By John Martin
Introduction by Quentin Tarantino
Introduction by Quentin Tarantino
162 pages, Full Colour.
Dimensions: H=29.8cm W=21.1cm
SRP: £19.99 (UK)
Now here's a book to get my teeth into...a lovingly in-depth exploration of the Cannibal genre courtesy of the good folks at The Dark Side and John Martin (Seduction Of The Gullible, Giallo Pages, etc.). The cover image is a suitably bastard hybrid comprised of iconic images from such flicks as Zombie Flesh Eaters, Last Cannibal World, and Cannibal Apocalypse. They say you can never judge a book by its' cover, but this one seems to buck the trend quite graphically!
The running order follows that of a menu, with 'courses' instead of chapters and 'hors d'oeuvre' standing in for the introduction, which is delivered in the characteristic, rambling and thoroughly enthusiastic style of one Quentin Tarantino (in full-on former video store clerk geek-out mode) as he reminisces about some of his favourite slices of Italian genre cinema, providing something of a thumbnail sketch for what lies ahead.
Martin begins by tracing the cinematic lineage and subsequent evolution of the cannibal film as we know it, from its' roots in the Mondo movies such as 'Mondo Cane' and 'Africa Addio'. What made the Italian Cannibal movies so shocking in their day was not the subject matter at hand, but the way in which it was presented, with a distinct onus upon replicating the realism of the Mondo movies, such as the inclusion of real-life animal slaughter. He also frames the cannibal genre in socio-cultural terms as well, being at first a comment on Western exploration and exploitation, and latterly a comment on Western consumerism in general when the cannibal movies 'came home', which is to say ditched the jungle as a location.
The meteoric rise and inevitable fall (precipitated by the decline in quality that usually follows when everybody and their Mother jumps on a particular genre bandwagon) of the Cannibal genre is charted thus, and just like the ancient Chinese proverb which says 'Even the fiercest Tiger must one day submit to the Worm', even the most exquisitely-prepared gourmet meal is inescapably destined to turn into shit. Such was the lamentable fate of Italian Cannibal cinema, as Martin deftly outlines in the sobering chapter 'Too Many Cooks...'
It's a really well-written book, but its' greatest strength may also be its' greatest weakness. I had to exercise a little self-discipline and pace myself lest I read through it one sitting. The phrase "An evening read" is one that often gets tossed around a little too readily for my liking, but this will very likely prove to be the real deal unless you set yourself some strict reading limits and adhere to them. Suffice to say, such is the quality of the prose within that I shall definitely be making it a point to check out some of Martin's other work as a matter of priority.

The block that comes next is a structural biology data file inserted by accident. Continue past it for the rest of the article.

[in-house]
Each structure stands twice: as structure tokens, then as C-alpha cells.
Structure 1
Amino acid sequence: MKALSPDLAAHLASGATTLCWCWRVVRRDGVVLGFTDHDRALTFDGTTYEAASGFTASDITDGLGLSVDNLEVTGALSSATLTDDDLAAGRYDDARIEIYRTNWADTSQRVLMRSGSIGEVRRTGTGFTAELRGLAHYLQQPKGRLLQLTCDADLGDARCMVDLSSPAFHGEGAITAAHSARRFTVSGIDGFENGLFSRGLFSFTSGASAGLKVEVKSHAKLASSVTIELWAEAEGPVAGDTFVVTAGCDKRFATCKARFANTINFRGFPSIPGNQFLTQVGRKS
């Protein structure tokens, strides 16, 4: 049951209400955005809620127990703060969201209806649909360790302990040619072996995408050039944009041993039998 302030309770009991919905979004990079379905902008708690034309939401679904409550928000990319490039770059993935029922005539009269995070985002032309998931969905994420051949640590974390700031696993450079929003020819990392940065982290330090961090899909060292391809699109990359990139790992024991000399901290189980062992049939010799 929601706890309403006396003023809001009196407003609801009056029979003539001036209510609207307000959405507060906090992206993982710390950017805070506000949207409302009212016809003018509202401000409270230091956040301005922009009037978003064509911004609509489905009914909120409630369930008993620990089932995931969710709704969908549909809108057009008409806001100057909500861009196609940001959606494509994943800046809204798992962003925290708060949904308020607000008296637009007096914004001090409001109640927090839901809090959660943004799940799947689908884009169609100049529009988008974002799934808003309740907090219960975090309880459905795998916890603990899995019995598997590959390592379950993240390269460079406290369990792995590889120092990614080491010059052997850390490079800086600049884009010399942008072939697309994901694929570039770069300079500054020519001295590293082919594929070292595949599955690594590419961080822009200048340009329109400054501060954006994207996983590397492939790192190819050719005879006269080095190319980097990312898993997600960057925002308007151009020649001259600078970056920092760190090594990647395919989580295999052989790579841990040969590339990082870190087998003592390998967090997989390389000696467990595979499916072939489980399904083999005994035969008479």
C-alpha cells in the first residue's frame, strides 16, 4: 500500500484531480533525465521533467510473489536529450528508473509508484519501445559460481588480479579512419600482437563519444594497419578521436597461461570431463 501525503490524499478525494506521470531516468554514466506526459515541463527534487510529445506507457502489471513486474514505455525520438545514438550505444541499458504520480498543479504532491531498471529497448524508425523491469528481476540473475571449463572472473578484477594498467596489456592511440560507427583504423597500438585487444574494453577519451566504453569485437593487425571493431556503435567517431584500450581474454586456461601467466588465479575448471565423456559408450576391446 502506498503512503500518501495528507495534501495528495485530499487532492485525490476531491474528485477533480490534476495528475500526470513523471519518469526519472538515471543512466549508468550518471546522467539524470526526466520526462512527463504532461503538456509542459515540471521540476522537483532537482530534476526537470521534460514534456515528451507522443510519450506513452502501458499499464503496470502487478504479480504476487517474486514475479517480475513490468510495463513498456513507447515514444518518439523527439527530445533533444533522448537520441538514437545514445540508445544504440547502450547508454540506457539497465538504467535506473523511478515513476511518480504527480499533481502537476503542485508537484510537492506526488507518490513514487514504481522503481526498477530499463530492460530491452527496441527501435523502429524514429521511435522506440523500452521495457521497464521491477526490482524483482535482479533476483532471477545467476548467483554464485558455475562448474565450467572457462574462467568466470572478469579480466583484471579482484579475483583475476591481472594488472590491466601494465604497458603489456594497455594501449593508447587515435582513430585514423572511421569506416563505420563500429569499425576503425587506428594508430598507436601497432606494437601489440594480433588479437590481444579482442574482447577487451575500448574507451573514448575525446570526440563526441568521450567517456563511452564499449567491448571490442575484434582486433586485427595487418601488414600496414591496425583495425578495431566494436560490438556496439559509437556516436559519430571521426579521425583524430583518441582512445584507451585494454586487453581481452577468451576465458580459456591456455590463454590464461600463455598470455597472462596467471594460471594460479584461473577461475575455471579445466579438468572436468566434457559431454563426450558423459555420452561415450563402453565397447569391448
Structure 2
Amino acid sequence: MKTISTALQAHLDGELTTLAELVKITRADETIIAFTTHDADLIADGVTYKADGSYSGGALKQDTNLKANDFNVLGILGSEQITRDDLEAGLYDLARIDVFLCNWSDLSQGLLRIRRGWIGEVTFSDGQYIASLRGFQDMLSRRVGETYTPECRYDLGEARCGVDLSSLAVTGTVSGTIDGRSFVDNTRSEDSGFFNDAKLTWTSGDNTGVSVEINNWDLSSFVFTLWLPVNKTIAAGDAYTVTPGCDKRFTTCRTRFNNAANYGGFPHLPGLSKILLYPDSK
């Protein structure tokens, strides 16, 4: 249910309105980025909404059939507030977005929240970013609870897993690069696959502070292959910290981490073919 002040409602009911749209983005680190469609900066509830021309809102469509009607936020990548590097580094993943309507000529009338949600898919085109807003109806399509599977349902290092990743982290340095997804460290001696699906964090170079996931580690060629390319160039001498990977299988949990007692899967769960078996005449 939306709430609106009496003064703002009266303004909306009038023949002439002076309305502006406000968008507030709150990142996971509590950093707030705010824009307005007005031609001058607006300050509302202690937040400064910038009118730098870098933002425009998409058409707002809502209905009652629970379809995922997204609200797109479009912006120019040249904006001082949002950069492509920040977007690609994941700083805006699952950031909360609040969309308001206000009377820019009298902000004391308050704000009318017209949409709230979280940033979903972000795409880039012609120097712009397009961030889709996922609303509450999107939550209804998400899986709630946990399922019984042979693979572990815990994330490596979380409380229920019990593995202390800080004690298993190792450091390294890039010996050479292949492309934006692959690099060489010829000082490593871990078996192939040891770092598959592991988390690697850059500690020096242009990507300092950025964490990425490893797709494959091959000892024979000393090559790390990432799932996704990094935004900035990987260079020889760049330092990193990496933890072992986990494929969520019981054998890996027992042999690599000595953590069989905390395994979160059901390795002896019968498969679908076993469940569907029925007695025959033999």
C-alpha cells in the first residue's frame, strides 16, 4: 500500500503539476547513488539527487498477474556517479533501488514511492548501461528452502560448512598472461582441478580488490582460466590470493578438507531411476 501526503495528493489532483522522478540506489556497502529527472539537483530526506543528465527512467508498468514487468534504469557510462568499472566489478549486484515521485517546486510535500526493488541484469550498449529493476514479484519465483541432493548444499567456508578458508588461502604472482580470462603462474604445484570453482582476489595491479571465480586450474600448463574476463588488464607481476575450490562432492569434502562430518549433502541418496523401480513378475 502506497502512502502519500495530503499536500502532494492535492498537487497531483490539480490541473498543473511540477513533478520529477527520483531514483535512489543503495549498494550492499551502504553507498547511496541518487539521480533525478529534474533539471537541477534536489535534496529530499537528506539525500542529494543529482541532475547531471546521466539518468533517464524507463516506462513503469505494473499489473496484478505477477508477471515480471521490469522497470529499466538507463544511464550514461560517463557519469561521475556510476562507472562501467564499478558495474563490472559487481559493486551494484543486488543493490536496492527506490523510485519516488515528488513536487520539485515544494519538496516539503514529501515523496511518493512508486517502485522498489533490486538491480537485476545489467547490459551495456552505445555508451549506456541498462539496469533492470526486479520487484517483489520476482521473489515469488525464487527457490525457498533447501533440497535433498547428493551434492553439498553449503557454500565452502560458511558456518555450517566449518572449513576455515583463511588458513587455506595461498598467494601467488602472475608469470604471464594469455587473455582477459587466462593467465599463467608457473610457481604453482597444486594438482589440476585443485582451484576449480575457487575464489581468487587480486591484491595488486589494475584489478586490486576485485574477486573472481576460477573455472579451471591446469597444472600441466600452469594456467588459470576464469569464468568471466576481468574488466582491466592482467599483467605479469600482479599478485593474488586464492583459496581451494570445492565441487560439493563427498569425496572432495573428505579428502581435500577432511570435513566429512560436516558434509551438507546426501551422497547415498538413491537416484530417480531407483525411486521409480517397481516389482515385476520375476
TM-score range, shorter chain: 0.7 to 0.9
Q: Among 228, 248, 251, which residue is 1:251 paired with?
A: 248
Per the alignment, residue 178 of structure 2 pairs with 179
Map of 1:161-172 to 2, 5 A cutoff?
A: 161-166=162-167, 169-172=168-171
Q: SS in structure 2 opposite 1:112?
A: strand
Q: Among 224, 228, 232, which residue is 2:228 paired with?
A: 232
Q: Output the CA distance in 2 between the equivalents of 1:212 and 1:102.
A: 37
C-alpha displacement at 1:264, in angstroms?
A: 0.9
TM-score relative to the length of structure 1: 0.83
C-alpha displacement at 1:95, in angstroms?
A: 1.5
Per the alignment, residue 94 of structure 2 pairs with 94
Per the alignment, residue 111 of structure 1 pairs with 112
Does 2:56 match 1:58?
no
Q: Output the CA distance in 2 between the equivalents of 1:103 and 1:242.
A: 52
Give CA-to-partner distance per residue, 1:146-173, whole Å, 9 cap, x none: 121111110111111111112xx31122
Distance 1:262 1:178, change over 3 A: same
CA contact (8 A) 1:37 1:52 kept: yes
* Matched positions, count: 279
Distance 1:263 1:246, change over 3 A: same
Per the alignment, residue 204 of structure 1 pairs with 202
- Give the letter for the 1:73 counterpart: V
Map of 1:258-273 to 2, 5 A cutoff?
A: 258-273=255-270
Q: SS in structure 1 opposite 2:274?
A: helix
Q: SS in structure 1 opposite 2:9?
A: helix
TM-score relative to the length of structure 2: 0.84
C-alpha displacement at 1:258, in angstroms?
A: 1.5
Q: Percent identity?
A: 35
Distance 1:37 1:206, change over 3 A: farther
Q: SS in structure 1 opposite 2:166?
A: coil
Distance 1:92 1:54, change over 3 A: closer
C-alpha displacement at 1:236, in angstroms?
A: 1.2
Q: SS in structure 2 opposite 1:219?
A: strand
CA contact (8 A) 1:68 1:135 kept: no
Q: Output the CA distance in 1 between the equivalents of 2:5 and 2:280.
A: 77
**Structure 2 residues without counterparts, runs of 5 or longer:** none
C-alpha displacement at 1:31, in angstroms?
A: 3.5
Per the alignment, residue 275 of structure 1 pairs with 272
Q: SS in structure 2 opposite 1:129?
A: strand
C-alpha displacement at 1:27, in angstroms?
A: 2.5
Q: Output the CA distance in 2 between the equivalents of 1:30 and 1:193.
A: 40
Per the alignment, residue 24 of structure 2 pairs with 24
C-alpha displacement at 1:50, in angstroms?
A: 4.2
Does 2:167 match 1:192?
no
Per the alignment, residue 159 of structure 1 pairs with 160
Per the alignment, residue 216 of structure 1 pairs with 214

As the book progresses, it takes in other movies which may or may not pass your own personal acid test as to whether they constitute 'cannibal movies' or not, such as films featuring flesh-eating zombies. Some might complain that this is a somewhat tenuous link, explored only to further pad out what is already a slim volume. However, the author's assumption that fans of Italian cannibal cinema will also be fans of Italian zombie cinema (and indeed, by extension, Italian exploitation cinema in general) certainly holds true with this reviewer, and is probably true for you too...after all, you're here reading this, aren't you? Purists and pedants may wish to split hairs, but personally I am all for the inclusion of it.
After the main body of text is done, and the chronology completed, there's a whole host of goodies yet to come, including a feature-length interview with John Morghen ("The Perfect Victim") as well as a plethora of supplementary interviews with a literal "Who's Who?" of Italian genre cinema (...and when I say a literal "Who's Who?" of Italian genre cinema, I mean it: Fulci, D'Amato, De Angelis, Deodato, Lenzi, Margheriti, Martino, De Rossi), and a filmography.
Unfortunately, I don't have a full collection of The Dark Side or Giallo Pages, so I have no way of knowing whether these interviews have seen print before, although I would certainly suspect this to be the case given that some of the subjects are now sadly dead. Still, they're all new to me, and I enjoyed them greatly.
As you might expect, the text throughout is complimented by the usual stunning array of rare promo stills, candid behind-the-scenes shots, and obscure foreign one-sheets and lobby cards, the cumulative effect of which is a sensation somewhere between extreme envy, homicidal rage, and a burning desire to spend a lot of money on Ebay because you suddenly realise that you don't have enough rare genre movie collectable stuff in your life...or your spare room, garage, or attic.
If you have the merest inkling of an interest in this genre, then I'd say it's an essential purchase (although you're hardly spoilt for choice in this area...the only other book I am aware of is Jay Slater's 'Eaten Alive', which I shall be reviewing shortly). The question is weighing up your enthusiasm for the genre against the price you are willing to pay. Personally, I'd wouldn't pay £20 for this, as whilst I can appreciate that it's a highly specialist subject and thus one must pay a little over the odds for it, I still think it's slightly overpriced. If someone offers you a copy for around £15 or less, then bite their hand off!
I think the most telling verdict I can give you is this: It cost me nothing (obtained it by redeeming points on a supermarket loyalty card), I've already read it cover to cover, but I won't be putting my copy up on Ebay any time soon, even though I could no doubt turn a handsome profit on it.
In short, it's a bona fide keeper...I just wish there was more of it!